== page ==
What medications are you currently using? This is an important question to ask, as several drugs used to treat both systemic disease and other conditions, such as allergies, can cause dry eye and worsen existing dry eye. This knowledge may enable you to reduce, discontinue or switch the patient to another drug to help decrease his dry-eye symptoms (see "Commonly Used Medications That Can Cause Dry Eye," page 53.)

For example, oral antihistamines, such as loratadine (Claritin, Schering-Plough HealthCare Products Inc.) and cetirizine HCL (Zyrtec, Pfizer Inc.) contribute to dry eye and could actually exacerbate pre-existing ocular surface problems.1 So, if such a patient presents, it may be better to discontinue his oral antihistamine until the dry eye and ocular surface improves.

Another example: menopausal dry eye and the use of conjugated estrogen tablets, USP. Hormonal changes during menopause can contribute to dry eye.2 And, estrogen-only replacement drugs have been shown to increase the incidence of dry eye seven-fold.3 As a result, you may want to talk with this patient and her PCP about other treatment options. In many cases, however, these drugs are vitally necessary.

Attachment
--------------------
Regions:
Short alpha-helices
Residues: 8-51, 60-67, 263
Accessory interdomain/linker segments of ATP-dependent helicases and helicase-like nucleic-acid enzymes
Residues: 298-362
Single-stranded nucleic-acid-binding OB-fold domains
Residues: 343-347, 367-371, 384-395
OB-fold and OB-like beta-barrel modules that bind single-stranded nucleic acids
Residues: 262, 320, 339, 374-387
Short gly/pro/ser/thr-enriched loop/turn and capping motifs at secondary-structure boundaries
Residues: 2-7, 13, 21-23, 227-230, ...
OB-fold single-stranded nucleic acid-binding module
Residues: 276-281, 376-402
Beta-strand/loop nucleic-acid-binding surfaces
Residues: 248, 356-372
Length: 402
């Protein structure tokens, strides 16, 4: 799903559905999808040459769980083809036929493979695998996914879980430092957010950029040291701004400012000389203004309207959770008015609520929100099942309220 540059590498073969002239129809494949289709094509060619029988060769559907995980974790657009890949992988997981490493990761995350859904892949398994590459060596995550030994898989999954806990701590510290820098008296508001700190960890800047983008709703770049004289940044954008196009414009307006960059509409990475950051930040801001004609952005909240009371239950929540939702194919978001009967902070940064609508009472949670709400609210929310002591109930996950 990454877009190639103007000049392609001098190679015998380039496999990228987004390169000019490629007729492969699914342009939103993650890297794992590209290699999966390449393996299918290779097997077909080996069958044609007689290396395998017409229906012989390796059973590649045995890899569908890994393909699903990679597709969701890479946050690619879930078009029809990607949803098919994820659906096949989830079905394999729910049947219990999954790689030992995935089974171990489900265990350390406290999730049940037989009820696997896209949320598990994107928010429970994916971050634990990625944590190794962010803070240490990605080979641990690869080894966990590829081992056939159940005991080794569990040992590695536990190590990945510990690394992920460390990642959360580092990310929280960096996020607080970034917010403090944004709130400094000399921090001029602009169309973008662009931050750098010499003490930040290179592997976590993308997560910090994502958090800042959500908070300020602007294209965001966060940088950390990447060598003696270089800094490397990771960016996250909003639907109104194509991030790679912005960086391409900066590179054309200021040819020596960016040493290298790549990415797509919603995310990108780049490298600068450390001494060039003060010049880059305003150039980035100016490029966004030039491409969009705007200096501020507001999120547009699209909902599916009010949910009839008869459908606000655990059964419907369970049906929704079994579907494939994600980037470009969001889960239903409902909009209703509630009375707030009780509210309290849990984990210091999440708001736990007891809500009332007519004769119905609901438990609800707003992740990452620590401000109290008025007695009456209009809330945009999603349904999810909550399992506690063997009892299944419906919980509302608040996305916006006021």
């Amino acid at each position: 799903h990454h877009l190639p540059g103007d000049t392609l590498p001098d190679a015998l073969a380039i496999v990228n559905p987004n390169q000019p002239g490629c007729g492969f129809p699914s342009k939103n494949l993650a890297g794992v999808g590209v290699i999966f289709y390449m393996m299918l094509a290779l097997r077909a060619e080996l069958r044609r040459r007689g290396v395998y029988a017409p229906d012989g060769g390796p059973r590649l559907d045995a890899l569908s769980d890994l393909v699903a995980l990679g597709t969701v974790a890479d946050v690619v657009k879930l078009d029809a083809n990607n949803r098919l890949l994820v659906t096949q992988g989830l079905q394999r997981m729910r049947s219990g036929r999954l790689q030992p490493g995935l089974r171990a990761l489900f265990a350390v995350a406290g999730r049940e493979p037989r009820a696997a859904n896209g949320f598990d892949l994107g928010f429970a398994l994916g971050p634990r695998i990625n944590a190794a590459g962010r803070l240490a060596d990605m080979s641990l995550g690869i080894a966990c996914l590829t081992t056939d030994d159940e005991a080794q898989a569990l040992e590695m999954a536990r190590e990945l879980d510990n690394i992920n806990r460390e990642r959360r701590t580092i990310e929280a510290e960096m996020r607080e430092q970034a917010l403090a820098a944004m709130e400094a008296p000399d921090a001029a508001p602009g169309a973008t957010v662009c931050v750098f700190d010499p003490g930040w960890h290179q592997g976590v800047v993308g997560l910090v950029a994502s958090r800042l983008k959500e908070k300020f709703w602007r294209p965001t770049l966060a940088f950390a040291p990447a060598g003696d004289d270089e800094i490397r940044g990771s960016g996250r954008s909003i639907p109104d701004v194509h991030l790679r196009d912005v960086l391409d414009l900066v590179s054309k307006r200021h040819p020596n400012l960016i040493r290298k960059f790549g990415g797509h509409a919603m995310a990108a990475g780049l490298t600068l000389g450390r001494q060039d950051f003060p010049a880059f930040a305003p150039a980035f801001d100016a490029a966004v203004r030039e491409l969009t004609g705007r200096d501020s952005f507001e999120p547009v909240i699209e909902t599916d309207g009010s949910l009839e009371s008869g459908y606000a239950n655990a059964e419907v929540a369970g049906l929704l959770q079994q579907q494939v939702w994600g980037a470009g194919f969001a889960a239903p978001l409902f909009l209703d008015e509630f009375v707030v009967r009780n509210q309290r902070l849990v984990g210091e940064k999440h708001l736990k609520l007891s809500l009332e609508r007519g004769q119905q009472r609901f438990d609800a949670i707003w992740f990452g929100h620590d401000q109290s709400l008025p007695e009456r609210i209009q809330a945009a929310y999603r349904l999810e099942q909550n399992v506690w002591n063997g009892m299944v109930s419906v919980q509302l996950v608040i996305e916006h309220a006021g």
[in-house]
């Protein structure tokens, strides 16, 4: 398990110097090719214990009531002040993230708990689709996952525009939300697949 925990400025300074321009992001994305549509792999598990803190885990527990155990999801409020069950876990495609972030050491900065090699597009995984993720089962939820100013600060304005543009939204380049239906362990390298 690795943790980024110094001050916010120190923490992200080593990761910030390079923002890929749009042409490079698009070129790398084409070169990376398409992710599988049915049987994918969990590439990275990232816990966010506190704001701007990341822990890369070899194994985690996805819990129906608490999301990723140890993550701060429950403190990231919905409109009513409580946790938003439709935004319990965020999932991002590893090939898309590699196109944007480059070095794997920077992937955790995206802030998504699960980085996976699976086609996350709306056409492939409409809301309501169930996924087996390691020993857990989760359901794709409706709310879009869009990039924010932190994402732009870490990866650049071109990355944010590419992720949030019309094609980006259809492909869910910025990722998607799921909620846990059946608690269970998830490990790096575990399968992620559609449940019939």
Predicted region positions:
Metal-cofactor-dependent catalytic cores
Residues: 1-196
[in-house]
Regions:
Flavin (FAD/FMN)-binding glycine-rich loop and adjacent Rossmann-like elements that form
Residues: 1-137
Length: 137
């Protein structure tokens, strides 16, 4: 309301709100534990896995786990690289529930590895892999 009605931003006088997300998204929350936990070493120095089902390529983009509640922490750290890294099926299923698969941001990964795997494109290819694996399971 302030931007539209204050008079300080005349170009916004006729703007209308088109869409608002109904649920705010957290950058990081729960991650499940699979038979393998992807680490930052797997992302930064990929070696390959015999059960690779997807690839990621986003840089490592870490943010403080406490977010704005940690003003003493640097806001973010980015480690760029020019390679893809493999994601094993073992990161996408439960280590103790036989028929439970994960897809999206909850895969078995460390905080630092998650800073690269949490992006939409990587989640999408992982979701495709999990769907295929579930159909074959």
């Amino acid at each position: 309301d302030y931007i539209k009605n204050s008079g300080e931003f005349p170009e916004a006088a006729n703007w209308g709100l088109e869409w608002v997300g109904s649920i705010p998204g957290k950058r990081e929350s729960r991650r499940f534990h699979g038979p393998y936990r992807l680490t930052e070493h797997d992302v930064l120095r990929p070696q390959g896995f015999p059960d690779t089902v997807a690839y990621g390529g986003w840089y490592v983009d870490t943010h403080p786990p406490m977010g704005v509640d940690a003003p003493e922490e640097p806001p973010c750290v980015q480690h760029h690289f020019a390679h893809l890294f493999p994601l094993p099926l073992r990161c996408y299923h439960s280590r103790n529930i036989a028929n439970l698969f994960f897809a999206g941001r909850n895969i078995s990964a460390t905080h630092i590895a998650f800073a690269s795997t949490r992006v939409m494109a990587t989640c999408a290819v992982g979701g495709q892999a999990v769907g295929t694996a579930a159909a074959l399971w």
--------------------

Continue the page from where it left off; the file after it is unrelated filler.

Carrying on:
If the PCP decides to prescribe a new drug, alert the patient that there is sometimes a lag time before the maximal effect of the drug occurs. So, alter your follow-up schedule to match the disease course and the expected time it takes to "wash-out" the old medication and see the results of the new treatment.

Tag-teaming systemic disease

Once you've obtained answers to the three aforementioned questions, consult with the patient's PCP. You will have limited success in treating the secondary dry eye or DTS if the PCP is not effectively and appropriately managing the patient's systemic disease.

Common Systemic Conditions Associated with Dry Eye
  • Rheumatoid Arthritis
  • Systemic Lupus Erythematosis
  • Sjogrens Syndrome
  • Thyroid dysfunction
  • Stevens-Johnson Syndrome
  • Sarcoidosis